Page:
Employees honored for dedication and service
Princeton NJ — Five University staff members were recognized for their exceptional performance during the annual Service Recognition Luncheon March 16 at Jadwin Gymnasium.
President Tilghman (second from right) congratulated the winners of the President’s Achievement Award honored at the March 16 luncheon (from left): Kenny Samuel, Michelle Johnson, Stan Chidzik, Bernardine Van Uiter and (at right) Fred Clarke. (photo by Denise Applewhite)
Those honored as recipients of the 2005 President’s Achievement Award were: Stan Chidzik, senior technical specialist in the Department of Physics; Fred Clarke, director of labor relations in the Office of Human Resources; Michelle Johnson, data management support staff member in the Office of the Dean of the Graduate School; Kenny Samuel, sergeant in the Department of Public Safety; and Bernardine Van Uiter, department manager in the Department of Psychology.
The award was established in 1997 to recognize members of the support and administrative staff with five or more years of service whose dedication, excellent work and special efforts have contributed significantly to the success of their departments and the University. The winners receive a framed certificate and a $2,000 award and have their names inscribed on a plaque that is displayed in the Office of Human Resources.
The President’s Achievement Awards are part of the University’s Staff Recognition Program administered by the Office of Human Resources. Staff members with 10, 15, 20, 25, 30, 35, 40 and 45 years of service were presented with a certificate during the luncheon; those with 25 or more years of service also received commemorative gifts. A total of 366 University staff members with a collective 7,185 years of service were honored for their dedication this year (see “By the numbers” on page 2).
In introducing the award winners at the luncheon, President Tilghman said, “Today, we honor five employees whose creativity, energy and dedication to their jobs and to our University community have left a lasting impression on their workplace. They have used their talents and skills in ways that have far exceeded expectations.”
Chidzik, who joined the staff in 1984, is known for his skill with electronic circuits. In her remarks, Tilghman quoted physics department chair Daniel Marlow, who said, “When it comes to design, Stan is an artist. When it comes to assembly, Stan is a magician. … When it comes to debugging, Stan is a genius.”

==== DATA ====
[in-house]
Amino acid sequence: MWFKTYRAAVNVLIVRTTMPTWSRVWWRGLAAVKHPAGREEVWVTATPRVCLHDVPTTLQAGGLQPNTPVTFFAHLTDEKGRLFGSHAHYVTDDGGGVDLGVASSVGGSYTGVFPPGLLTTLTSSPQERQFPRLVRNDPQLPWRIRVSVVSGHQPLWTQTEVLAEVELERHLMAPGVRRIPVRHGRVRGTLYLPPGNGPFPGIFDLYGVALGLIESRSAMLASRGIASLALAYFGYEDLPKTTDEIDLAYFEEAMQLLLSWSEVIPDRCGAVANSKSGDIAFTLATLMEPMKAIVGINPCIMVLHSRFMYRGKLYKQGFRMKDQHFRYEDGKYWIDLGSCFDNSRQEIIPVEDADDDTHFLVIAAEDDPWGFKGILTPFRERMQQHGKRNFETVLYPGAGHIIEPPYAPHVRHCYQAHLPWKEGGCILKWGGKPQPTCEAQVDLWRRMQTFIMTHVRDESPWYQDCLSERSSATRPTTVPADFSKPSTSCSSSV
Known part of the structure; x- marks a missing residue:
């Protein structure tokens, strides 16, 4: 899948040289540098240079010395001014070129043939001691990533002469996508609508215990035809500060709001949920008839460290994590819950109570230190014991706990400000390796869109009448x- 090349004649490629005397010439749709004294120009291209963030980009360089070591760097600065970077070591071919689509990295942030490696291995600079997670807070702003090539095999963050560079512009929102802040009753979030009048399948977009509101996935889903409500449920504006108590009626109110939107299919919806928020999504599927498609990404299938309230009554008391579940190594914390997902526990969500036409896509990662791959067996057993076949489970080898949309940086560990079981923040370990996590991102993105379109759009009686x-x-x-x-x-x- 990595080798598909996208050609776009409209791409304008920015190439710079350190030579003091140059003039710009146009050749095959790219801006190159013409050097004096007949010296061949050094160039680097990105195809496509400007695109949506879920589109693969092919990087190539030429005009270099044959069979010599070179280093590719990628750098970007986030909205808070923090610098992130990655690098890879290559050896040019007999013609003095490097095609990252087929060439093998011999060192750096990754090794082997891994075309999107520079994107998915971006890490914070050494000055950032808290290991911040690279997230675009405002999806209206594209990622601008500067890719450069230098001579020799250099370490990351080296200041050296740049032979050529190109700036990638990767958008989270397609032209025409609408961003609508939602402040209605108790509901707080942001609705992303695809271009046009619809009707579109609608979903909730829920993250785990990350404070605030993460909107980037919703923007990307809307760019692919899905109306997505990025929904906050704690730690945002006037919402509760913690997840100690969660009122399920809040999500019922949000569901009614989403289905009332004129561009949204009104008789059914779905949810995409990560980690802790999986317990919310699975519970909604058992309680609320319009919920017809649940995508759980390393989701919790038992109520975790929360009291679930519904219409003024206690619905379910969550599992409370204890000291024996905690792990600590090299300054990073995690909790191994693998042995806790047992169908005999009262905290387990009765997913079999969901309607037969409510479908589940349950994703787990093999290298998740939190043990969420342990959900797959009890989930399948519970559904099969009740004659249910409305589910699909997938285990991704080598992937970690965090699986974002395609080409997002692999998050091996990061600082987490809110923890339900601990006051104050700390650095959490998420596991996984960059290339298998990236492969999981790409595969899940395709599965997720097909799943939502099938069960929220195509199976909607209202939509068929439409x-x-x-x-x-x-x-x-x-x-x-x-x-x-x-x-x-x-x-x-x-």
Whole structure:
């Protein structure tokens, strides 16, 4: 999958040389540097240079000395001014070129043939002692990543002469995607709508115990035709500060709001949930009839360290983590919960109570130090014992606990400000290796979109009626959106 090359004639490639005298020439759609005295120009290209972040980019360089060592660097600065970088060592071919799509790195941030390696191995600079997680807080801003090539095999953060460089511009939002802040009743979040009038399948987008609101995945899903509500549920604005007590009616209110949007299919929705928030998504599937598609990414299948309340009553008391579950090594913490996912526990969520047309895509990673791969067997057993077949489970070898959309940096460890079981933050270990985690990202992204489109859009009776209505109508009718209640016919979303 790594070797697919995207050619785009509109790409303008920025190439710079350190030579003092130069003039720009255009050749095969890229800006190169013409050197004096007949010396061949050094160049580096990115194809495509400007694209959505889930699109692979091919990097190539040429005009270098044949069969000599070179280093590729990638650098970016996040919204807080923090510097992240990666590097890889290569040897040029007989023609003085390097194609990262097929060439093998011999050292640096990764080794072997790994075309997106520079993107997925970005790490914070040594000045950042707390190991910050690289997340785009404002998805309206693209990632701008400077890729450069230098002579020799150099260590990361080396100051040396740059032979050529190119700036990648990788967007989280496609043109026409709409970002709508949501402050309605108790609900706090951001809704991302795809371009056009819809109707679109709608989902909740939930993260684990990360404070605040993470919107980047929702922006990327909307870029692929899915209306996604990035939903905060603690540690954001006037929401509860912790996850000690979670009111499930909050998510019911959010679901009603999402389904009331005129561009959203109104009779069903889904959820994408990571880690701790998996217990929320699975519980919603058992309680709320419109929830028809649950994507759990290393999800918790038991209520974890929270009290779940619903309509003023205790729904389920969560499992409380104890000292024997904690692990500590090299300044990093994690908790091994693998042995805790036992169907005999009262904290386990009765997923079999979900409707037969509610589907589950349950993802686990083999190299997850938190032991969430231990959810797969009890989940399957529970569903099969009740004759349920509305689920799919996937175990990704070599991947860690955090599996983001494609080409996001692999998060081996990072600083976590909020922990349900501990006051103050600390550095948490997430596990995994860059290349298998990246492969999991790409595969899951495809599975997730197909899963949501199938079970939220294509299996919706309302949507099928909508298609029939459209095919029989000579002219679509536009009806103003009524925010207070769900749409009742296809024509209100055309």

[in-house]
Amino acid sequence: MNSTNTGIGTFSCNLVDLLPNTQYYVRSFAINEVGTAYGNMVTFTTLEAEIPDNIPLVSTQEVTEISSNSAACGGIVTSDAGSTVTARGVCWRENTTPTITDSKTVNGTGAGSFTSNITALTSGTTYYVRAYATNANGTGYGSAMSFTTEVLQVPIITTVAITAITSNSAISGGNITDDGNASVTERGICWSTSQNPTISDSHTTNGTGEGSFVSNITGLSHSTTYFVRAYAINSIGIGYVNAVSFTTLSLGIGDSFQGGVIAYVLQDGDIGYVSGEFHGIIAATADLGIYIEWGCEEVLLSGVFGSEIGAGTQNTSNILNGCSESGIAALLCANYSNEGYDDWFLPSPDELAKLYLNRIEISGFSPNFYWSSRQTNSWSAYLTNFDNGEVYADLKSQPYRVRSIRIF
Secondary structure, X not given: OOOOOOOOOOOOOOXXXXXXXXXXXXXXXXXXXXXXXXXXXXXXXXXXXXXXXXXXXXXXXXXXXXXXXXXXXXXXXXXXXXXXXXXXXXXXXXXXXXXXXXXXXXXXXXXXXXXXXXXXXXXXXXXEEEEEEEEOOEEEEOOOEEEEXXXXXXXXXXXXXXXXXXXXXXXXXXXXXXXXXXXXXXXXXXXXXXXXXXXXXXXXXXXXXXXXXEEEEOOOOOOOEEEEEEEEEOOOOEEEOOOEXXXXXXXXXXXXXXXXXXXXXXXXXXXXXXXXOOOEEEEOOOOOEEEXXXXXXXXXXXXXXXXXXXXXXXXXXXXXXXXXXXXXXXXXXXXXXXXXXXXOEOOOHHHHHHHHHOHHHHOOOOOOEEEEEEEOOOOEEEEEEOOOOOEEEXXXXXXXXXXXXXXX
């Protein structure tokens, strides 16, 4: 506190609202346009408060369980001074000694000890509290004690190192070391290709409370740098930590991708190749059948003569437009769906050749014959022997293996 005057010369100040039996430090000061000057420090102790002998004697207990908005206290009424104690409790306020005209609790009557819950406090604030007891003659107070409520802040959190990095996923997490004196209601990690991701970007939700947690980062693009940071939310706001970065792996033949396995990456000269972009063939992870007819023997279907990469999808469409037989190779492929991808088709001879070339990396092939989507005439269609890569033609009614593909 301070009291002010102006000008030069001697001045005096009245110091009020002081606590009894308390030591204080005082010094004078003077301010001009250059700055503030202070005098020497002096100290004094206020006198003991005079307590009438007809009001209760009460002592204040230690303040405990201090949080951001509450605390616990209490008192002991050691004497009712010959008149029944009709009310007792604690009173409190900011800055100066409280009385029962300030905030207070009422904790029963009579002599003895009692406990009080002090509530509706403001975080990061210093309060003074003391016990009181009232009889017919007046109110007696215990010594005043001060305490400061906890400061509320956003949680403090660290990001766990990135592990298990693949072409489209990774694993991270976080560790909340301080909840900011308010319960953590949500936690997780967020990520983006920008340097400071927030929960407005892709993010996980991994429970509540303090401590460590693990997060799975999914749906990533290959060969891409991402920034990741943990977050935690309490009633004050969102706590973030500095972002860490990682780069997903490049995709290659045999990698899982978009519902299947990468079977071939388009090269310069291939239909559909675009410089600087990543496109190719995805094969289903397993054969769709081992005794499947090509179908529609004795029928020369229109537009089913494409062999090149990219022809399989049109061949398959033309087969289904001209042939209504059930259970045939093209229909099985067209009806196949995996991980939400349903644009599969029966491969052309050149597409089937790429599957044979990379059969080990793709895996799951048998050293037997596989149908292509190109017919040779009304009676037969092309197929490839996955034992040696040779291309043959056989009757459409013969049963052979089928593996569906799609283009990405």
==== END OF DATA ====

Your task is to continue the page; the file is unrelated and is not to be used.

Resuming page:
In addition to his technical expertise, Chidzik is admired for his patience, courtesy and willingness to go out of his way for others. He has mentored generations of students and invested himself in their projects. As one student put it, “His low-profile and modest personality, combined with his hard work, constitute an outstanding paradigm for graduate students.”
Clarke has worked in labor relations at the University since he joined the human resources staff in 1991. Tilghman noted that he has done his job “not only with humility but with finesse.” She quoted Vice President for Human Resources Lianne Sullivan-Crowley, who said, “If he was a different practitioner or different kind of man I would say his footprints are deep … but Fred’s skill has been in leaving no footprints … giving the credit and keeping the peace.”
Tilghman cited Clarke’s excellent listening skills and his “quiet determination to narrow the gap between the parties.” She noted that, while he plans to retire from the University this fall, his spirit will continue to inspire those work at Princeton.
Johnson has been a member of the Graduate School admission staff since 1996. Those with whom she works praised her outstanding organizational abilities. Tilghman quoted Dean William Russel, who said, “Michelle’s outstanding knowledge of the entire admission operation, and how much it can (or cannot) be changed, allows us to meet the needs of applicants and academic offices in a way that assures success for all.”
In addition, Johnson was credited with smoothing the office’s transition from a paper-based to a digital environment, including implementing an online system for notifying applicants of admission decisions and a database for tracking international students and their visa status. She also has played a major role in designing and maintaining the Graduate School’s extensive Web site.
Samuel joined the public safety staff as an officer in 1966 and has been a supervisor since 1995. He was praised for his proactive efforts to reach out to students, faculty, staff and visitors. Public Safety Director Steven Healy wrote in his nomination, “Rarely in my professional career have I had the pleasure of working with someone who has so consistently displayed such a positive demeanor and approach to a job that is sometimes thankless and under-valued.”
Samuel was instrumental in launching the “Tiger Patrol,” a program that now involves more than 100 students in various aspects of public safety work. Because of his success in forming strong relationships with students and their organizations, sports teams and residential colleges, he has become a model for his colleagues.
Van Uiter came to Princeton in 1968 as a support staff member in the Department of Mechanical and Aerospace Engineering. After serving as an executive assistant in the Office of the Dean of the Faculty from 1979 to 1985, she joined the psychology department and quickly became recognized for her devotion to the job.
Department chair Deborah Prentice wrote in her nomination, “She finds the space in which a faculty member can run a complicated study, the money with which to hire an extra AI for an oversubscribed course and the staff member who can stay all night to get a grant in on time. In fact, she is often the staff member who stays all night to get a grant in on time!” Van Uiter also was recognized for the collegial and professional culture she has fostered in the department.